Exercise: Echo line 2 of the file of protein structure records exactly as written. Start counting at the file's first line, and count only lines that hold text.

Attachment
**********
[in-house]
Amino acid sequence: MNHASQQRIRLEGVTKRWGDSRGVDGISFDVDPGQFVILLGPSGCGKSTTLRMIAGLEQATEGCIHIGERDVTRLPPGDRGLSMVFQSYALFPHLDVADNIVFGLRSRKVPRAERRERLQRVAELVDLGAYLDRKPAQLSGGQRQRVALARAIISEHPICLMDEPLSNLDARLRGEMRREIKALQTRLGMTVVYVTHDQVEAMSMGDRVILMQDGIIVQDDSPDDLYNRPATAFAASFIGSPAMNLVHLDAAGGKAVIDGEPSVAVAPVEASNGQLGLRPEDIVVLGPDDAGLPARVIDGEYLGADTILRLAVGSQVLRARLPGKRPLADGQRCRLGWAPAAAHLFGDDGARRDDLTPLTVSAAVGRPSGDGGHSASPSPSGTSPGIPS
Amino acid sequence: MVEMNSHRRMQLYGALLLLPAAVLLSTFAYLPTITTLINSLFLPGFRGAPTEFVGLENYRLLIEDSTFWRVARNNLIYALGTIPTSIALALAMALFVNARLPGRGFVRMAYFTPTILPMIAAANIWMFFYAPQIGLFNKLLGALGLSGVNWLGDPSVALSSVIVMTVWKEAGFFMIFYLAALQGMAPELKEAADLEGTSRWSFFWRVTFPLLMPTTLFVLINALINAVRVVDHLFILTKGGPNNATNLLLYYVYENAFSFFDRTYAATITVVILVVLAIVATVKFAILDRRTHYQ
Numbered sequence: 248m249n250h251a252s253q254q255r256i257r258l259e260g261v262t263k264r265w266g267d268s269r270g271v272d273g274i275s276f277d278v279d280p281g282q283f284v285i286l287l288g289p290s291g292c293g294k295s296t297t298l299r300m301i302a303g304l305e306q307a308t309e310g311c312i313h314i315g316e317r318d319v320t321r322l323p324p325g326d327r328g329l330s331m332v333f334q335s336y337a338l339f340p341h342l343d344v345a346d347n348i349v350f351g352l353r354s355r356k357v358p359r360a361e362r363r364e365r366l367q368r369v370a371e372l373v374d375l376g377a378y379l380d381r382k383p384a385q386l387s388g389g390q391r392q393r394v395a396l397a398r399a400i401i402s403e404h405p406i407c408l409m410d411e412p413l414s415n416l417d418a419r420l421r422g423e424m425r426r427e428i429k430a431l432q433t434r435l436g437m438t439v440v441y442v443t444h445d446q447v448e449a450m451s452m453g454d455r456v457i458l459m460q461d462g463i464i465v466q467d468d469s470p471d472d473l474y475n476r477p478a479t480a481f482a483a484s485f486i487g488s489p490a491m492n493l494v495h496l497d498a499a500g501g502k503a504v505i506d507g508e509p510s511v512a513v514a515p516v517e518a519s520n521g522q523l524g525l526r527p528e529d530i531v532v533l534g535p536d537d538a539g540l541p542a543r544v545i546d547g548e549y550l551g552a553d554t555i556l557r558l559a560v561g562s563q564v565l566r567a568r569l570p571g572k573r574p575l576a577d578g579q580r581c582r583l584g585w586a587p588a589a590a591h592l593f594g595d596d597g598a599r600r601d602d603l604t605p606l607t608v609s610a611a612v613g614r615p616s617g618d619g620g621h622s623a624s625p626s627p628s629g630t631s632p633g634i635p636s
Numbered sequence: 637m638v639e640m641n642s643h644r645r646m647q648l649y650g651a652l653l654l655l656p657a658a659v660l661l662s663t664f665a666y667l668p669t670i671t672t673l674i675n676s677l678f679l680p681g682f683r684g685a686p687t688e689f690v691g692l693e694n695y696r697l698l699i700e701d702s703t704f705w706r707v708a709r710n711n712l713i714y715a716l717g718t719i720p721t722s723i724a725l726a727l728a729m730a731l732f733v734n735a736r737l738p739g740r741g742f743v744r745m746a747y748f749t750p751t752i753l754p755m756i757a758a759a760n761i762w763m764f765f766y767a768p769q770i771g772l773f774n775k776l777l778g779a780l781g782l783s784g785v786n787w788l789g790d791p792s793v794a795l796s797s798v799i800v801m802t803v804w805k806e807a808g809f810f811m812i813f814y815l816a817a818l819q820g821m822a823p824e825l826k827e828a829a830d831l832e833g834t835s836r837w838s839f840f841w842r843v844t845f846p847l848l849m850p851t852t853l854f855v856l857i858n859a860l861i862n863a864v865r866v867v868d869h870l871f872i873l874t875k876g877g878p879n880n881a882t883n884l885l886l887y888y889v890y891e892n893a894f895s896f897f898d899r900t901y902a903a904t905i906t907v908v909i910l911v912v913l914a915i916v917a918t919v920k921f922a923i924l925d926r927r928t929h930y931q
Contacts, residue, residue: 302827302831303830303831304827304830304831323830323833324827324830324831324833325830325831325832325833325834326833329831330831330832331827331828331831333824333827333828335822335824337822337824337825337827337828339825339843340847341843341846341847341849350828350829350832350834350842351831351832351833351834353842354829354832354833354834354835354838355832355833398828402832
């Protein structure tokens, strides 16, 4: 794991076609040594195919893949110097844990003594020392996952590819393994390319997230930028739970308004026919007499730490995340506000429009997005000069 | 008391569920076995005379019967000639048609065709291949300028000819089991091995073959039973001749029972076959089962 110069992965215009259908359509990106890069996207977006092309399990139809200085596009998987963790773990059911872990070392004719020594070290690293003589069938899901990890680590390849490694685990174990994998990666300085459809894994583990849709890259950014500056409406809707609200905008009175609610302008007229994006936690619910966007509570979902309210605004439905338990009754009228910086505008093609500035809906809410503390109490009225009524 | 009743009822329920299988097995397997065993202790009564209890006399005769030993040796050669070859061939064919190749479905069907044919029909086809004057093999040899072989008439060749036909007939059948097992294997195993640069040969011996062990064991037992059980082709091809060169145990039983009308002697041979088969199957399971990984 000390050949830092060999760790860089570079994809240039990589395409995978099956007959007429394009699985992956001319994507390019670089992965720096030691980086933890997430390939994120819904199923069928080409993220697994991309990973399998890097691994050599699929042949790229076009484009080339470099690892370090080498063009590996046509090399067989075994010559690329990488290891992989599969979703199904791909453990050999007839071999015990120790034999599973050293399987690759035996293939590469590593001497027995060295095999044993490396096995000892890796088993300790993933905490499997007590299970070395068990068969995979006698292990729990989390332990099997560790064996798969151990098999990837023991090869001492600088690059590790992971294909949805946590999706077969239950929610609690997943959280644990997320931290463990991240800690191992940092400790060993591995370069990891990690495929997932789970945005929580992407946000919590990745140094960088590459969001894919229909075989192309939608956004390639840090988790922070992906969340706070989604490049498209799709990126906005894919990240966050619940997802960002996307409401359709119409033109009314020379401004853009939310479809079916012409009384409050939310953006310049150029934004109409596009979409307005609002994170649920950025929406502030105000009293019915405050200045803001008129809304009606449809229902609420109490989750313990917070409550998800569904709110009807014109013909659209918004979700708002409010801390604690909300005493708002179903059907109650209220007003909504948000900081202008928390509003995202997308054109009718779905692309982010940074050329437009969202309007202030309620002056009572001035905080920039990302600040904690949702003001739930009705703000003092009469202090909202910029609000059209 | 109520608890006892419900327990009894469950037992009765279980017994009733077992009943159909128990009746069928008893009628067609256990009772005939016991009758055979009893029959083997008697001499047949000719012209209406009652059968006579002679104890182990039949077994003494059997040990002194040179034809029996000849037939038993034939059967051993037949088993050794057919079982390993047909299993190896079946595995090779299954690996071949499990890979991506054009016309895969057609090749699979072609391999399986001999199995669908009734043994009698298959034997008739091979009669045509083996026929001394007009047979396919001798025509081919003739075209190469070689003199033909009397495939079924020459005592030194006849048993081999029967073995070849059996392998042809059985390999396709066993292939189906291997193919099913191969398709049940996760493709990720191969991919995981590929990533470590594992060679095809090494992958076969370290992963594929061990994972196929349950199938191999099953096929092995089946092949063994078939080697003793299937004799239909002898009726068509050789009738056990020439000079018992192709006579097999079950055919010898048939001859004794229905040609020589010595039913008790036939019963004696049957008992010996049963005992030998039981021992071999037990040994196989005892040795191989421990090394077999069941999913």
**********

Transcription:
Amino acid sequence: MNHASQQRIRLEGVTKRWGDSRGVDGISFDVDPGQFVILLGPSGCGKSTTLRMIAGLEQATEGCIHIGERDVTRLPPGDRGLSMVFQSYALFPHLDVADNIVFGLRSRKVPRAERRERLQRVAELVDLGAYLDRKPAQLSGGQRQRVALARAIISEHPICLMDEPLSNLDARLRGEMRREIKALQTRLGMTVVYVTHDQVEAMSMGDRVILMQDGIIVQDDSPDDLYNRPATAFAASFIGSPAMNLVHLDAAGGKAVIDGEPSVAVAPVEASNGQLGLRPEDIVVLGPDDAGLPARVIDGEYLGADTILRLAVGSQVLRARLPGKRPLADGQRCRLGWAPAAAHLFGDDGARRDDLTPLTVSAAVGRPSGDGGHSASPSPSGTSPGIPS